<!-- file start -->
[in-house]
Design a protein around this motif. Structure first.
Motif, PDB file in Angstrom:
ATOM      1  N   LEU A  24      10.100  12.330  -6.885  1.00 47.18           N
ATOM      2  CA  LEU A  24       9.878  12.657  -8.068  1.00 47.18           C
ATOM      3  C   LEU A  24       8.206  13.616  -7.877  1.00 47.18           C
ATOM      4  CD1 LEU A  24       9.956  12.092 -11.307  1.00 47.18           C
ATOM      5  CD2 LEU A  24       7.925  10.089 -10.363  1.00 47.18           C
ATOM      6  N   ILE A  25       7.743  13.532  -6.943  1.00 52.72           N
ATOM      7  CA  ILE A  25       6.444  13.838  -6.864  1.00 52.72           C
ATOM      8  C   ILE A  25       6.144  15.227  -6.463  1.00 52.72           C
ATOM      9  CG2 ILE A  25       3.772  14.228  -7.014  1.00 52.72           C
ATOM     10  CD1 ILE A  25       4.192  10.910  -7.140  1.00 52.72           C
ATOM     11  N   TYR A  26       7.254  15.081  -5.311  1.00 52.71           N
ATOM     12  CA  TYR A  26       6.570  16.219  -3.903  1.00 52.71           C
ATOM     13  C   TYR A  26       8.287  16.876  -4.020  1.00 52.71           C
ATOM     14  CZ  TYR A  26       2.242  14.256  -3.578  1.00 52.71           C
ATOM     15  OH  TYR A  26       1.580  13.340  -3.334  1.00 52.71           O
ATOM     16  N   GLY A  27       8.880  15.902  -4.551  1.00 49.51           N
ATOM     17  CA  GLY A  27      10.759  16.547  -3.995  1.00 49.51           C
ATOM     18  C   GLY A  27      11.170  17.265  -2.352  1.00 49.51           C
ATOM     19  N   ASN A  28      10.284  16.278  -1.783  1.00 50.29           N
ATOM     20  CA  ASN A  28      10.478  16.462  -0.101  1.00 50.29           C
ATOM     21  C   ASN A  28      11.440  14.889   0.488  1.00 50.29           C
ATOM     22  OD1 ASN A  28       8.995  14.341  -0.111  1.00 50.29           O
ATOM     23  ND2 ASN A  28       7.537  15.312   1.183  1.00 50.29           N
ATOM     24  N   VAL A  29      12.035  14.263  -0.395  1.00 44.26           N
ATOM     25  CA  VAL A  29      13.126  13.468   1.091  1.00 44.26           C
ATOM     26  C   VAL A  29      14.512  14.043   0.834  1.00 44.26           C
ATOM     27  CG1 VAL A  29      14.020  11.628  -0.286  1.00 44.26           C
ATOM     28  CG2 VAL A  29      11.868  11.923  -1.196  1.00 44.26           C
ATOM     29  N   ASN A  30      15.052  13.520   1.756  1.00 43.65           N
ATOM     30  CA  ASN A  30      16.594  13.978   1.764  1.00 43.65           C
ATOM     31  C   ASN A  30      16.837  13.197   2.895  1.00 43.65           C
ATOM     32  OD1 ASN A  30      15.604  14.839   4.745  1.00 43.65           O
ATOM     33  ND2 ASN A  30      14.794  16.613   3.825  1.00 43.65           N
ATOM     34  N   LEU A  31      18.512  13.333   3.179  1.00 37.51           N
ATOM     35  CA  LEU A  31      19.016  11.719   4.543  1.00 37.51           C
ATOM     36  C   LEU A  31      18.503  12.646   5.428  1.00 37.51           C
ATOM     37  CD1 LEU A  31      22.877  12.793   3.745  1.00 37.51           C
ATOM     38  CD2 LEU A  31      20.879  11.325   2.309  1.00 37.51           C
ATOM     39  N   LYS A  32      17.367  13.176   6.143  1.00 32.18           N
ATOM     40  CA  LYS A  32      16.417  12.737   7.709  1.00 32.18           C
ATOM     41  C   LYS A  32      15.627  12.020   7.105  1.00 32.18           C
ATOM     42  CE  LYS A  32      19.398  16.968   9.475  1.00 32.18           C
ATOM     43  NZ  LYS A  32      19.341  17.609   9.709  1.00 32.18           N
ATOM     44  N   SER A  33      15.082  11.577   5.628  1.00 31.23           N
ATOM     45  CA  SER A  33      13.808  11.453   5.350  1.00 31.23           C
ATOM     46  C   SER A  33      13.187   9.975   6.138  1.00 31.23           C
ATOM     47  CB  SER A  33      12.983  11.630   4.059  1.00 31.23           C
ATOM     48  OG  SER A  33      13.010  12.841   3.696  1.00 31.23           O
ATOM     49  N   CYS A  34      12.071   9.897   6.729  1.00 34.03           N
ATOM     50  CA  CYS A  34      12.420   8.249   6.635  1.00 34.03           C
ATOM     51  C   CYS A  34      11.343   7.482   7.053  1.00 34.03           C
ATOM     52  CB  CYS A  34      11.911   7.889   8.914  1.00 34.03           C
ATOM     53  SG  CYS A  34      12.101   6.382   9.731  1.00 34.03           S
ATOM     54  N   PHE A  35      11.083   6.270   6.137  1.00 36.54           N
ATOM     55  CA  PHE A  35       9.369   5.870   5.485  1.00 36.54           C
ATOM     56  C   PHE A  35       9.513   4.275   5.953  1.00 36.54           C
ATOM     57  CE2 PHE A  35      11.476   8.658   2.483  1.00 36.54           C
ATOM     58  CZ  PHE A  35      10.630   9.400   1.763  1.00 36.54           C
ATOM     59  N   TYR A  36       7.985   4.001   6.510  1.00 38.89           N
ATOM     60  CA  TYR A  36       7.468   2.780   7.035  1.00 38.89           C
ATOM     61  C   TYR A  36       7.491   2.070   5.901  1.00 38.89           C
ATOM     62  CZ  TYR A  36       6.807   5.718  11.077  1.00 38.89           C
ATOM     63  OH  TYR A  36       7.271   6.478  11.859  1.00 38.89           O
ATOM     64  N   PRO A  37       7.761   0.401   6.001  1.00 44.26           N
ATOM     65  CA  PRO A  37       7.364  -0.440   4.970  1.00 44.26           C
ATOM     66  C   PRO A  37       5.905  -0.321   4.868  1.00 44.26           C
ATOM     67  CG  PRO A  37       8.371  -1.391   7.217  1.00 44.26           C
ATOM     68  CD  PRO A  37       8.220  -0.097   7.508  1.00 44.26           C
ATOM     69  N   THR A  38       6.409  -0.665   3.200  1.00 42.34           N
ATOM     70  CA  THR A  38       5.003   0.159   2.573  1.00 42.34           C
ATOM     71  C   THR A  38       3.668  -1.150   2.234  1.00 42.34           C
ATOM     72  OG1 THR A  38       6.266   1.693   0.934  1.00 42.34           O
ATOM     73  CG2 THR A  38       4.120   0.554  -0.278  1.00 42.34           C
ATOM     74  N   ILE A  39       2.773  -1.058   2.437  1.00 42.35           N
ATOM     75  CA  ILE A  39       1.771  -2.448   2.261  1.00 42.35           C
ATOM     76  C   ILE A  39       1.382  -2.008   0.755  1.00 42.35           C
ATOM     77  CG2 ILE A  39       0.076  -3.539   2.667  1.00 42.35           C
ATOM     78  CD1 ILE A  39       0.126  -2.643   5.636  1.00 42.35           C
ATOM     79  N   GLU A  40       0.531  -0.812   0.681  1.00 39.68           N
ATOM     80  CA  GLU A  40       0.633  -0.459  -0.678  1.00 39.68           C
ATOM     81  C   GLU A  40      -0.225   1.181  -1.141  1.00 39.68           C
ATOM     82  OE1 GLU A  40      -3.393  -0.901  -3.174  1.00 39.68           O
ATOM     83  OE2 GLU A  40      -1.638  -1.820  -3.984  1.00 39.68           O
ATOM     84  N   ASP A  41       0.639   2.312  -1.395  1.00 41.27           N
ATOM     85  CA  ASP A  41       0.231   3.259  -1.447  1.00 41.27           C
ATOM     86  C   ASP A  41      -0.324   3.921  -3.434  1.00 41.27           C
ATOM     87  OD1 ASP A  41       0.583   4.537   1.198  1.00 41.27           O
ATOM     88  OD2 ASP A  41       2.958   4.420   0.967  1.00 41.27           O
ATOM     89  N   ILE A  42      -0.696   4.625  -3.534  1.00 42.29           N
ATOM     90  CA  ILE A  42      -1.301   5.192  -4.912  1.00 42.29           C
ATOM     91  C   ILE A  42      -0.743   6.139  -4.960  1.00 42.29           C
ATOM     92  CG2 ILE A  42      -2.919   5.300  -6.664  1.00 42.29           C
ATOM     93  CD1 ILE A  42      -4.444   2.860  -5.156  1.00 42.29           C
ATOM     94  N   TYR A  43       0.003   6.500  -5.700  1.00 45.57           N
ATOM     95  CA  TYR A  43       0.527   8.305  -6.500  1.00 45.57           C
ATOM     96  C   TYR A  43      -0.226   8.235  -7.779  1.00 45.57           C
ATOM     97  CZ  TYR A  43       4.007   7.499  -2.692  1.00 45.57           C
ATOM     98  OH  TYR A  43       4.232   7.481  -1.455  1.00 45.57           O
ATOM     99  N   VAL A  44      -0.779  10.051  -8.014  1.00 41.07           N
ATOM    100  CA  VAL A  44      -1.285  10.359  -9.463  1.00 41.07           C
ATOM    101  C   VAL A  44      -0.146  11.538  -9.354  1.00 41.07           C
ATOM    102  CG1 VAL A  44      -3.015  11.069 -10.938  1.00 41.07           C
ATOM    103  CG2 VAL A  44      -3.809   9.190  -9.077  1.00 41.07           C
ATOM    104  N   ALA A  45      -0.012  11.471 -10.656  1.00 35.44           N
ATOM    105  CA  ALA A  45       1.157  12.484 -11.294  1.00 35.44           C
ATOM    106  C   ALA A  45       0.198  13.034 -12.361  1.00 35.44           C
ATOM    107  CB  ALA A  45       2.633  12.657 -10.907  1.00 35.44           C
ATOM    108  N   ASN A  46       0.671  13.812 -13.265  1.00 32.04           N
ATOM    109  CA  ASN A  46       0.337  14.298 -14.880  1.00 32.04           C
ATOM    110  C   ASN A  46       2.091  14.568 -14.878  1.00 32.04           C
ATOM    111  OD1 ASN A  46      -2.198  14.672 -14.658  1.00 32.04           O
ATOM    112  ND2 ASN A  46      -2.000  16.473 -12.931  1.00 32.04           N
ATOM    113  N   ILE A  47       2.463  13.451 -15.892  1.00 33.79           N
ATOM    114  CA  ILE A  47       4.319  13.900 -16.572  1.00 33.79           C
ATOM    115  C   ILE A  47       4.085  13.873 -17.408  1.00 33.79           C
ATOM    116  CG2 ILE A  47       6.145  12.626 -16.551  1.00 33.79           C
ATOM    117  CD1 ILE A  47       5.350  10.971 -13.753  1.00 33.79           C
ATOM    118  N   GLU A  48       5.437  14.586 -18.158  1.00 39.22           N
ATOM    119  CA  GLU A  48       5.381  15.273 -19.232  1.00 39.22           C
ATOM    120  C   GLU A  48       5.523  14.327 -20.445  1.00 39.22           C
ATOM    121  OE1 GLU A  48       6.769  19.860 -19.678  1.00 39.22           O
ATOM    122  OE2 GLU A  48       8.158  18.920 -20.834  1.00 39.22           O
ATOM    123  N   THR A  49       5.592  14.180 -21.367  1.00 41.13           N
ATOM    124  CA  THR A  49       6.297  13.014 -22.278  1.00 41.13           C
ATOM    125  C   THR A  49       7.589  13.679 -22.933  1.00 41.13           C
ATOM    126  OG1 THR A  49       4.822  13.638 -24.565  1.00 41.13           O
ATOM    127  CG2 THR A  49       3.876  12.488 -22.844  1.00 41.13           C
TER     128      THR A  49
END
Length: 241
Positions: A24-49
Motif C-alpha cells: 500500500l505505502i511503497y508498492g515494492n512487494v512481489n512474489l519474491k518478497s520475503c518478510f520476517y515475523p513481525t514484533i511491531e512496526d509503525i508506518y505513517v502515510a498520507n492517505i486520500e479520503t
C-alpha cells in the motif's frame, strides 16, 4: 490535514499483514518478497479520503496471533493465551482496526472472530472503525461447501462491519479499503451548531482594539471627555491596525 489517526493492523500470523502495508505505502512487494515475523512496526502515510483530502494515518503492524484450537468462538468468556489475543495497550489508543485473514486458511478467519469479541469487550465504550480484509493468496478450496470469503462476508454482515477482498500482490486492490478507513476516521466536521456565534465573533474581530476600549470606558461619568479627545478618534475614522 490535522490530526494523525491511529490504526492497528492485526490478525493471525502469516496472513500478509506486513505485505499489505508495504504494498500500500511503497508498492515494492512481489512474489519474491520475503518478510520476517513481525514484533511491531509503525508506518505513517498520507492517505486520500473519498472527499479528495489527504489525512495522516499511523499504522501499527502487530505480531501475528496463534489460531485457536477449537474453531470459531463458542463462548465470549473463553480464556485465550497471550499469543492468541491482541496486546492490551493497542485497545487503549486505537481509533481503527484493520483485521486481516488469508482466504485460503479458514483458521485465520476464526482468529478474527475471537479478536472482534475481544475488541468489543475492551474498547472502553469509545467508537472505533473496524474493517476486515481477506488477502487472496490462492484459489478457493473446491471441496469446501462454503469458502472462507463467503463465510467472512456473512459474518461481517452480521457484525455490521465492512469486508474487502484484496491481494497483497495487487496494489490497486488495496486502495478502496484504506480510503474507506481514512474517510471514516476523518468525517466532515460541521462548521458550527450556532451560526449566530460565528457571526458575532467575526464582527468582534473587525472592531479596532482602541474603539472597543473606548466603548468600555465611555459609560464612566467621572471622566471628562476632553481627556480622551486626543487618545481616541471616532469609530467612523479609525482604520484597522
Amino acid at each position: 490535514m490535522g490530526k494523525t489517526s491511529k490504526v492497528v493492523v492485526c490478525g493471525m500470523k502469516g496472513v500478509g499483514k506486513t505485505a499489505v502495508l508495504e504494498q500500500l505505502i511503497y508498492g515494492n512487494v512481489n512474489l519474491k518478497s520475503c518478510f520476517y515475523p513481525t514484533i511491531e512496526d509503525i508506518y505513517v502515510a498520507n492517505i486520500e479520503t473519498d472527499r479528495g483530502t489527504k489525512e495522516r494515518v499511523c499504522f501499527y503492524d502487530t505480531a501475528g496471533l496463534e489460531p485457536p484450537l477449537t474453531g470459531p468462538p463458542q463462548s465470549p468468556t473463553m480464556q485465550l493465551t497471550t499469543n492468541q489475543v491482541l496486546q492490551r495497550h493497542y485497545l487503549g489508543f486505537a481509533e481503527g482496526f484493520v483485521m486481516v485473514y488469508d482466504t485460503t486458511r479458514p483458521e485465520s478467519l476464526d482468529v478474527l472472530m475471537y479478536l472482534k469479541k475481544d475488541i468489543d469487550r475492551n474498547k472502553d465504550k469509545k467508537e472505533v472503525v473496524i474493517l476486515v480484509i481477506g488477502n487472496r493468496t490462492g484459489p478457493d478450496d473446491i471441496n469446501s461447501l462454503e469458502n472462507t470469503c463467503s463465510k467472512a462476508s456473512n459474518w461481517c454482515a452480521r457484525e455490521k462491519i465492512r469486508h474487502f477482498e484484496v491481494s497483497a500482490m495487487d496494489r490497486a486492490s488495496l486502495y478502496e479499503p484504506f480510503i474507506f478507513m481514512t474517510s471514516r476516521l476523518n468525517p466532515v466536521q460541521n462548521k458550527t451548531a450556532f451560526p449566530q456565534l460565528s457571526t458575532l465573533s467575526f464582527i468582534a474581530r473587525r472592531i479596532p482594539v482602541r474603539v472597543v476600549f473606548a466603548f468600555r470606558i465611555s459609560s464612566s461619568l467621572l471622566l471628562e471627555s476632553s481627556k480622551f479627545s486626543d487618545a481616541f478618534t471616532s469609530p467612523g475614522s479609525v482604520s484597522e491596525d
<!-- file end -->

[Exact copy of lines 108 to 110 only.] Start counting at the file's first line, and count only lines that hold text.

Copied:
ATOM    105  CA  ALA A  45       1.157  12.484 -11.294  1.00 35.44           C
ATOM    106  C   ALA A  45       0.198  13.034 -12.361  1.00 35.44           C
ATOM    107  CB  ALA A  45       2.633  12.657 -10.907  1.00 35.44           C